MOSCOW — Russian President Vladimir Putin on Friday praised U.S. President-elect Donald Trump for "keenly" feeling public sentiment to win the election and denied the White House's claims of Russia's meddling in the vote.
Speaking during a marathon end-of-year news conference that was televised live, Putin said he sees "nothing unusual" in Trump's pledge to strengthen the U.S. nuclear forces, calling the statement in line with the president-elect's campaign promises.
In his wide-ranging remarks, the Russian leader claimed that his country's military is stronger than any potential aggressor, but acknowledged that the U.S. military is bigger. He also cast the modernization of Russia's nuclear arsenals as a necessary response to the U.S. missile defense system.
"It's not us who have been speeding up the arms race," Putin said, claiming that the Russian military's nuclear missiles can penetrate any missile defense.
On the U.S. election, Putin described President Barack Obama's accusations of Russian hacking into Democratic leaders' emails as an attempt to shift the blame for Hillary Clinton's defeat.
Asked how he responded to Obama's accusations when he brought them up in their conversation, Putin said he wouldn't divulge details of a confidential discussion.
He shrugged off Washington's claims of the hackers' Russian affiliation, saying they could be based elsewhere.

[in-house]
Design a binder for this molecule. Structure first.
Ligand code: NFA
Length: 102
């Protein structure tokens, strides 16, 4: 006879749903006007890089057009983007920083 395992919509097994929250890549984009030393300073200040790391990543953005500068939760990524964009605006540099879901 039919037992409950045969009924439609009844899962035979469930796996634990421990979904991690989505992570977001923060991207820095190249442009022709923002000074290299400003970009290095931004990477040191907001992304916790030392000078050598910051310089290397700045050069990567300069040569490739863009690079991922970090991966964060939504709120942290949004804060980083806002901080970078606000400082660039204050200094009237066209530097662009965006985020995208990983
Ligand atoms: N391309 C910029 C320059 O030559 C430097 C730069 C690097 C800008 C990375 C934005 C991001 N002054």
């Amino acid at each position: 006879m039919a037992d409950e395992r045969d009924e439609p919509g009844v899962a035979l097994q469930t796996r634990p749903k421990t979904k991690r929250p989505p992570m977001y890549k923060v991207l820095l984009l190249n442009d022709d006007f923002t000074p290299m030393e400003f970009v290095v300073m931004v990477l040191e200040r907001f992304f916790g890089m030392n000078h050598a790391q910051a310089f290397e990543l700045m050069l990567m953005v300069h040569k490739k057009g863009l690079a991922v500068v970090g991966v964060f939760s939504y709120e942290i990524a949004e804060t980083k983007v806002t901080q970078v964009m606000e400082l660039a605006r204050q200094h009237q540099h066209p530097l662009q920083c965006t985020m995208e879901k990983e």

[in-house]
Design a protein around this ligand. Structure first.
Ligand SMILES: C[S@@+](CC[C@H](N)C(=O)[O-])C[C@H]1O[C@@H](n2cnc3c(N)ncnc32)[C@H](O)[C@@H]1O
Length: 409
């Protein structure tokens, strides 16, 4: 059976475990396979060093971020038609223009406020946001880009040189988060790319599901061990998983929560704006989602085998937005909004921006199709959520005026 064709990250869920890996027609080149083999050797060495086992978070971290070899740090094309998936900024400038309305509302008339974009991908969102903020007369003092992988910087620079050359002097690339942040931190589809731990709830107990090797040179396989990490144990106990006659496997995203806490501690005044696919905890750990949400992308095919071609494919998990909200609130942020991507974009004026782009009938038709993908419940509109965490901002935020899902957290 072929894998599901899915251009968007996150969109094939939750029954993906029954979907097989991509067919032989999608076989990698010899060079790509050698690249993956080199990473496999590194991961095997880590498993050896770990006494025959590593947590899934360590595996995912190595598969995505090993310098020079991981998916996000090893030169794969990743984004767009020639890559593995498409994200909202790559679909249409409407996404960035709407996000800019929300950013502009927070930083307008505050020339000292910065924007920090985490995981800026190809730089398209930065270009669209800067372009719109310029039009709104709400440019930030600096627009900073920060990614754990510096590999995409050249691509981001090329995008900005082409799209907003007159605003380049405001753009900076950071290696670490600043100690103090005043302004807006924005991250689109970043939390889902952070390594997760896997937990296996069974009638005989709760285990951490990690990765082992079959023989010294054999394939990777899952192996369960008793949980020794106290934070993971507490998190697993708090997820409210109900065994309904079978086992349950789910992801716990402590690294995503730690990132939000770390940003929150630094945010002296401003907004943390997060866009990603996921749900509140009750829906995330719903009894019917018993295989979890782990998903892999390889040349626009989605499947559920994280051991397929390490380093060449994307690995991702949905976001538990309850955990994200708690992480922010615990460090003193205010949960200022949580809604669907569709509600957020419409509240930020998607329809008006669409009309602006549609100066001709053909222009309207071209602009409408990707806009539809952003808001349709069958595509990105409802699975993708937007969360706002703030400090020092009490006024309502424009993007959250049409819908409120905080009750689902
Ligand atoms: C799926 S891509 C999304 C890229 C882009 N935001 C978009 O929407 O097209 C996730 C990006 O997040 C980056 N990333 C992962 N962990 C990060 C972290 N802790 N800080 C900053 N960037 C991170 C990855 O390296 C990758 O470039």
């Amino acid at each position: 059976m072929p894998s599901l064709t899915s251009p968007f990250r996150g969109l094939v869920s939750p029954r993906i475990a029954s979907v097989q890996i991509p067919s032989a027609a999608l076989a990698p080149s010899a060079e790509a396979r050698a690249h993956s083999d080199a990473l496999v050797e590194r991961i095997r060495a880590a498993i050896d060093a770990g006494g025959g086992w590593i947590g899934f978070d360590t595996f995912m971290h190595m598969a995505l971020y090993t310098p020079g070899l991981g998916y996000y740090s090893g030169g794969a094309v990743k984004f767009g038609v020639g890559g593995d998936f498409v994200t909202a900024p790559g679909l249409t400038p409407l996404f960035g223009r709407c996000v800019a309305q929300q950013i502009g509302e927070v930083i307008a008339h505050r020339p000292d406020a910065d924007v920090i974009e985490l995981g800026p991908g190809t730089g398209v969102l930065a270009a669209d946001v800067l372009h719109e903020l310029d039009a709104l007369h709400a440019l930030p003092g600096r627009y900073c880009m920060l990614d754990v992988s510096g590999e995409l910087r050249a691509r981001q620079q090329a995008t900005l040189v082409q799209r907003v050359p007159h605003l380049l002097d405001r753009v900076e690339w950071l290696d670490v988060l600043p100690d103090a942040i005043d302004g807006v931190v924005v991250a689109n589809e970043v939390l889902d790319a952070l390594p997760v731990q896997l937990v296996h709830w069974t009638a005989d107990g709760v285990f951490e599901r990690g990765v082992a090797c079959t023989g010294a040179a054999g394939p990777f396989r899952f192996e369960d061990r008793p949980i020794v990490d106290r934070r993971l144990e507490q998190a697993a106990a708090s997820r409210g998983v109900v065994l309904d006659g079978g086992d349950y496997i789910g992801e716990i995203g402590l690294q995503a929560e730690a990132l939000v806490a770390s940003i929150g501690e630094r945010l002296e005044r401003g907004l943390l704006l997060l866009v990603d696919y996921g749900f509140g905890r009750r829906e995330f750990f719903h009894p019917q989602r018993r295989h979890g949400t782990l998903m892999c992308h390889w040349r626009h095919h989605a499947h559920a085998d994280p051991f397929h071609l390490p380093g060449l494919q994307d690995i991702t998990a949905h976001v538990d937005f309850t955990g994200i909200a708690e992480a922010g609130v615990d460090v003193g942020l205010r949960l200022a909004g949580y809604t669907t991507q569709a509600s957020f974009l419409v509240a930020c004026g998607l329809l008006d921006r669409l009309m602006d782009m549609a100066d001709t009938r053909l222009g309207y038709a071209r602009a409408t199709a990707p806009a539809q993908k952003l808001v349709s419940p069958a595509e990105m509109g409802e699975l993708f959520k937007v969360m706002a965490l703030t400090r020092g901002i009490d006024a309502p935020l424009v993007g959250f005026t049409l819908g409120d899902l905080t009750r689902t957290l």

"The most important thing is the substance of the information the hackers have uncovered," Putin said, adding that the Democrats should have apologized to Americans over the "manipulations" the emails revealed.
In response to Obama's comment that "Ronald Reagan would roll over in his grave" upon seeing recent poll results showing that more than one-third of Republicans view Putin favorably, Putin said Reagan would be happy to see his party win.
"It shows that a significant part of the American people have a similar view about the situation in the world and what we need to do, what the common dangers and problems are," he said.
The two countries' relations have plummeted to their lowest level since the Cold War. Putin said he agrees with Trump's assessment of poor U.S.-Russian relations, adding that they "can't be worse."
Noting this week's attack in Berlin, Putin called for better cooperation in fighting terrorism, saying such efforts between Russia and the West have been effectively paralyzed by Western sanctions against Russia.
Putin expressed hope that he would meet soon with Trump to discuss how to improve the two countries' relations — and would "definitely" visit the United States if Trump invites him.
The Russian leader added with a smile that "no one but us expected him to win."